Dobbs and the Future of Constitutional Interpretation

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On February 2, 2022, the Center for Law and the Human Person sponsored the first in a series of three lectures examining the legal, philosophical, and social dimensions of The Future of Roe v. Wade? Dobbs v. Jackson Women’s Health Organization. The lunchtime program, “Dobbs and the Future of Constitutional Interpretation,” welcomed Catholic Law’s J. Joel Alicea, Assistant Professor of Law and Director of the Project on Constitutional Originalism and the Catholic Intellectual Tradition, to discuss the legal implications of the Dobbs v. Jackson case. Alicea’s expertise lies in the areas of constitutional law and civil litigation and his scholarship focuses in particular on American constitutional theory.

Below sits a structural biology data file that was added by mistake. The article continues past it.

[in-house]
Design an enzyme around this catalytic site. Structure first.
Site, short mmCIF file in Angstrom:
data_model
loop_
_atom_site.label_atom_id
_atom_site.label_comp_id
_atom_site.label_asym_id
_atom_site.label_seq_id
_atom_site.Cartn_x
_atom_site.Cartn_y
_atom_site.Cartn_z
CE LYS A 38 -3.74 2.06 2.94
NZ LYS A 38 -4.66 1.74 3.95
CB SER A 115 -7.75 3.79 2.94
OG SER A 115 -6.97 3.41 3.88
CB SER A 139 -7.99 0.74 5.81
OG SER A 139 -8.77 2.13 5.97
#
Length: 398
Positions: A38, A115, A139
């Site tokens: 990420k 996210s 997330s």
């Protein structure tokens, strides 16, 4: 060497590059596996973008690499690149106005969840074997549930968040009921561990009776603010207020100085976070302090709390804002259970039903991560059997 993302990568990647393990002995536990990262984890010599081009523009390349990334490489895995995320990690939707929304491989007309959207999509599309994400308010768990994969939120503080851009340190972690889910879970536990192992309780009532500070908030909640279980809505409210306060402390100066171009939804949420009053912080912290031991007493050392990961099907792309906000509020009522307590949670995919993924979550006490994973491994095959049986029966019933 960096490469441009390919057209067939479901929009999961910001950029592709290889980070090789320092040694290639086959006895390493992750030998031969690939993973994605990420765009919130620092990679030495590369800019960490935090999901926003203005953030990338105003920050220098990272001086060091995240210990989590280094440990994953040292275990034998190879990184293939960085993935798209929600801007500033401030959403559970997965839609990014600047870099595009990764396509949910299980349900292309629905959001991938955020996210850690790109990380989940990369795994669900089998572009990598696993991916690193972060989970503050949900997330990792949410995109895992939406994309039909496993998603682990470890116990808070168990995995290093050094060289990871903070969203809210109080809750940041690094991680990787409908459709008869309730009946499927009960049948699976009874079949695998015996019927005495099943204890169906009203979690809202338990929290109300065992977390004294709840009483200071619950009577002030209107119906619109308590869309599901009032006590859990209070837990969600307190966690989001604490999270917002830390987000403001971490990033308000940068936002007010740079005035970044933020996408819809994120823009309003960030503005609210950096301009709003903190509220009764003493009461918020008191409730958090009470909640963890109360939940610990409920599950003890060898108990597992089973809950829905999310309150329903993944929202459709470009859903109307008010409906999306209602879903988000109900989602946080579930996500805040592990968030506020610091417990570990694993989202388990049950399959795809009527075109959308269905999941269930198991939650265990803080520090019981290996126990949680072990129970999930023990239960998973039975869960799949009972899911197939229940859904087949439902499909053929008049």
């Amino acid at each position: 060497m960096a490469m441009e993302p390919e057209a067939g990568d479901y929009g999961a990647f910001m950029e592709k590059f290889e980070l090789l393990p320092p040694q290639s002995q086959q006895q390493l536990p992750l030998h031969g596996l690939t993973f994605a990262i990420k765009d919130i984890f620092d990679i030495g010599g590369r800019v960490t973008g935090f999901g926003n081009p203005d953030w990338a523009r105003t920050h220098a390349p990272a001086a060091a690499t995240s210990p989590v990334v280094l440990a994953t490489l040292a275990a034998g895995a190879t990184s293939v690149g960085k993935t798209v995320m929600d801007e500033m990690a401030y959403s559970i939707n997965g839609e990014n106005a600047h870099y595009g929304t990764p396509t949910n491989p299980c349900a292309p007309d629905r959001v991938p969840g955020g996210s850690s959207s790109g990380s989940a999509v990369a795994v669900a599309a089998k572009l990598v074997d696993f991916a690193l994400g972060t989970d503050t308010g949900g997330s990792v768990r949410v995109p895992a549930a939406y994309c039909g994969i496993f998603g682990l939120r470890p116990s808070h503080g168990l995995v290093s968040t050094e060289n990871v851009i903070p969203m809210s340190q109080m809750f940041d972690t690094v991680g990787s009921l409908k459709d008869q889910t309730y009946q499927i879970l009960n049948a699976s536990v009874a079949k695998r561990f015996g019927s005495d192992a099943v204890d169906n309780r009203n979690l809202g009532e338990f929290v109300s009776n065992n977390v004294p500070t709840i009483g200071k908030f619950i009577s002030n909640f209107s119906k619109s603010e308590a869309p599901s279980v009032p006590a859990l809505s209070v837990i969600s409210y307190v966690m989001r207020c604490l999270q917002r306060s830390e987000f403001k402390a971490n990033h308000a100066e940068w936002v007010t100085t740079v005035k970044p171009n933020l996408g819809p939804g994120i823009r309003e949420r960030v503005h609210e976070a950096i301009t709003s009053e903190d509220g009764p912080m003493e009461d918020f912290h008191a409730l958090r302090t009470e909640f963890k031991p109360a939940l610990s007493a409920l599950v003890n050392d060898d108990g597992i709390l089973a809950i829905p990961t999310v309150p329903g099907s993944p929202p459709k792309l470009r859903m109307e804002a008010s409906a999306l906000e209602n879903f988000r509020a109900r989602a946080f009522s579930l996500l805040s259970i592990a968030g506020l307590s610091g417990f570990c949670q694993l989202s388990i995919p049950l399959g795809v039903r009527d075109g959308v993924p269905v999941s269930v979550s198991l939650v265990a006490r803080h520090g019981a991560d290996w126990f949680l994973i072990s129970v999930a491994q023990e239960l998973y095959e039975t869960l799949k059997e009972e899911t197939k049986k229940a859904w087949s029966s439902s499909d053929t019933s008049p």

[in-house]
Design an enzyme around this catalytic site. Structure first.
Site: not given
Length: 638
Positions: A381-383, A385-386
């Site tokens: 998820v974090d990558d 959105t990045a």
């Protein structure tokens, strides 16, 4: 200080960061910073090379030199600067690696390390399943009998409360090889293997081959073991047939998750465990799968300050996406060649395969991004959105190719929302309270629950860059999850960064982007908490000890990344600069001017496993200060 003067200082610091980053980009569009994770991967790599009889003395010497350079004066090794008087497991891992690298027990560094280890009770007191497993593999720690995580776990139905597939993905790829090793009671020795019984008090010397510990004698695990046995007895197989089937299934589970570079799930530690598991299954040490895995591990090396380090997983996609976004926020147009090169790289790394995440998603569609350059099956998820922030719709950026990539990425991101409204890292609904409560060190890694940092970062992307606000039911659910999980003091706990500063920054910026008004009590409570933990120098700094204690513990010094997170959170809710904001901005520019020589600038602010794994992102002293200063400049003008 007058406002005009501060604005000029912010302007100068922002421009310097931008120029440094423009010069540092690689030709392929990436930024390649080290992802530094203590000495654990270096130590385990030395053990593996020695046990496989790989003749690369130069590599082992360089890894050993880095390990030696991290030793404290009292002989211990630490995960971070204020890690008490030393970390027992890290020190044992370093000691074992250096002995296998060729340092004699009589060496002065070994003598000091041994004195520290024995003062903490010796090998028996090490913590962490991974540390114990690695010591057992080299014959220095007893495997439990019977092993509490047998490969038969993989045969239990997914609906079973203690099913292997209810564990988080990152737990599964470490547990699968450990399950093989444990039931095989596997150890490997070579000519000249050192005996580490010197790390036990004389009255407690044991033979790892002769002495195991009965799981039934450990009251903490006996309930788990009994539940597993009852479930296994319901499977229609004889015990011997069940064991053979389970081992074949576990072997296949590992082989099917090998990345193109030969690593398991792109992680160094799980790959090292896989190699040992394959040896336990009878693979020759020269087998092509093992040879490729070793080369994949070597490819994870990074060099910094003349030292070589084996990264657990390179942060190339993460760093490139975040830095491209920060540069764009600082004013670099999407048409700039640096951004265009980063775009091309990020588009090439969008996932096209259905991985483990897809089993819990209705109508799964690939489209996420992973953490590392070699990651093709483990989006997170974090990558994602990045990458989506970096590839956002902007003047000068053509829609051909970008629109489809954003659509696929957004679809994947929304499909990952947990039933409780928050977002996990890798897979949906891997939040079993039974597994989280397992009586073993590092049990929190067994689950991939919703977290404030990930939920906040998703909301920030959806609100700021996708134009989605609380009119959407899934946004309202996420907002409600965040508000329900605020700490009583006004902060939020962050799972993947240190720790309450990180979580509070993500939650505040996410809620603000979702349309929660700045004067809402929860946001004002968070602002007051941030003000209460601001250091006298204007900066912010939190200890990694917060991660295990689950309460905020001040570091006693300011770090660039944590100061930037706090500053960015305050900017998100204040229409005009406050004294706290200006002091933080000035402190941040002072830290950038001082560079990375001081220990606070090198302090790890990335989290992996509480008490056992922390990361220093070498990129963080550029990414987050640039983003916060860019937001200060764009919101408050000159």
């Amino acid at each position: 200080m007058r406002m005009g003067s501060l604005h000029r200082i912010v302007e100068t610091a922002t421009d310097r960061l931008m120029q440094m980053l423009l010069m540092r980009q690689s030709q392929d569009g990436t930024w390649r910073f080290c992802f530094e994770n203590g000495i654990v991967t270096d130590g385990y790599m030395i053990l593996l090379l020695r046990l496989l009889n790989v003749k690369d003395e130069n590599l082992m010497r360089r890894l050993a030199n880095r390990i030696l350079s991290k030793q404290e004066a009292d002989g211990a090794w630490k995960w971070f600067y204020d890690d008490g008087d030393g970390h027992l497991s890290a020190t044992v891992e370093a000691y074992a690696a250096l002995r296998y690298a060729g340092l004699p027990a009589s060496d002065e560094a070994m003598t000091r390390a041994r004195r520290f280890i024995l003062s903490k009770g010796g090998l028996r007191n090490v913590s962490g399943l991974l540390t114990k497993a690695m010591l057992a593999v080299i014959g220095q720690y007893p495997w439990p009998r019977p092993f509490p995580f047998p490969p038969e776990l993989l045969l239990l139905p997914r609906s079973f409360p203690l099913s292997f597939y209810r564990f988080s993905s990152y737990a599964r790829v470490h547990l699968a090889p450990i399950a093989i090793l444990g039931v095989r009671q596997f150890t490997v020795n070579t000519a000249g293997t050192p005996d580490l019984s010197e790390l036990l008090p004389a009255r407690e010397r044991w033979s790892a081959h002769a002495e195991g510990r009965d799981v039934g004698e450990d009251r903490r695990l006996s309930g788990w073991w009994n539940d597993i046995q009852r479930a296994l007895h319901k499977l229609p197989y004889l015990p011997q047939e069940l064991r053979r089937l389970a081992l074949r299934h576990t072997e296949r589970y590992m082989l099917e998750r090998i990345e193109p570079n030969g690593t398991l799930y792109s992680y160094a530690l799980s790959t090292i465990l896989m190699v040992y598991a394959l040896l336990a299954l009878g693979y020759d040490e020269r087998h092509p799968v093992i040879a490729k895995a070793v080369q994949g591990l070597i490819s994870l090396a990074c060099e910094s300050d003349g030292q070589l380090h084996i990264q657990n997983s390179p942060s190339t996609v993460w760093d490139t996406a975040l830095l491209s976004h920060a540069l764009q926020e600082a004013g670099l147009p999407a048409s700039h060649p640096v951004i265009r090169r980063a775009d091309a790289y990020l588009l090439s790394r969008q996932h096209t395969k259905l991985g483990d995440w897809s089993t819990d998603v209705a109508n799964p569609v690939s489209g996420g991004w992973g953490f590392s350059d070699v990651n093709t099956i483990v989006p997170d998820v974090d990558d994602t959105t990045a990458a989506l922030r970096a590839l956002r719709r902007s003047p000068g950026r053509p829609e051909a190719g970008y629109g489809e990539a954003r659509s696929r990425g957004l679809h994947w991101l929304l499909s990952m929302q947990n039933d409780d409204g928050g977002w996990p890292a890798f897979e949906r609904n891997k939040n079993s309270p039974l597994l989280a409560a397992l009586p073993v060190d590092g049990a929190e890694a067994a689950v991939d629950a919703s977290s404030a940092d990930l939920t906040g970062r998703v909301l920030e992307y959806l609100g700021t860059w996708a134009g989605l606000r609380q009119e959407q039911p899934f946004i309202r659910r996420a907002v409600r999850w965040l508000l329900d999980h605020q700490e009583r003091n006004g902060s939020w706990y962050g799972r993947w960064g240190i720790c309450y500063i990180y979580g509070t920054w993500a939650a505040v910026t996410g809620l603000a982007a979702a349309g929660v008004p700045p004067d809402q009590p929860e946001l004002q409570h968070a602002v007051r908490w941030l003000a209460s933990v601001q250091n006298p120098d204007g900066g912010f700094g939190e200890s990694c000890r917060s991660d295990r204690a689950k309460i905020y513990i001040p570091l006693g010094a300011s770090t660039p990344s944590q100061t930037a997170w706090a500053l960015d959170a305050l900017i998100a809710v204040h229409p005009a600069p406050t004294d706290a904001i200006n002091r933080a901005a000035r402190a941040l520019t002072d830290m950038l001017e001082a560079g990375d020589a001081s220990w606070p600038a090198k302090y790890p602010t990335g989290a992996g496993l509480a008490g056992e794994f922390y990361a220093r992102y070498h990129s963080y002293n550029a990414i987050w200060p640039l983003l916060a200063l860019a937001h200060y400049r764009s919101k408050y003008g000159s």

Elizabeth Kirk, Director of the Center for Law and the Human Person, provided introductory remarks about The Center and the lecture series before turning the program over to Alicea. Alicea began with a brief overview of Dobbs v. Jackson before shifting his focus to the effect the Dobbs decision could have on constitutional interpretation in America. He broke down the discussion into three parts—what the cases Roe v. Wade and Planned Parenthood v. Casey say and how Dobbs interacts with those prior decisions, living constitutionalism versus originalism in American constitutional interpretation, and the impact of Dobbs on the future of constitutional interpretation. Alicea concluded, “The stakes here are quite high. Not just for the future of abortion in America, which is obviously important enough, but for the future of constitutional theory.” As the program drew to a close, Alicea took questions from those in attendance.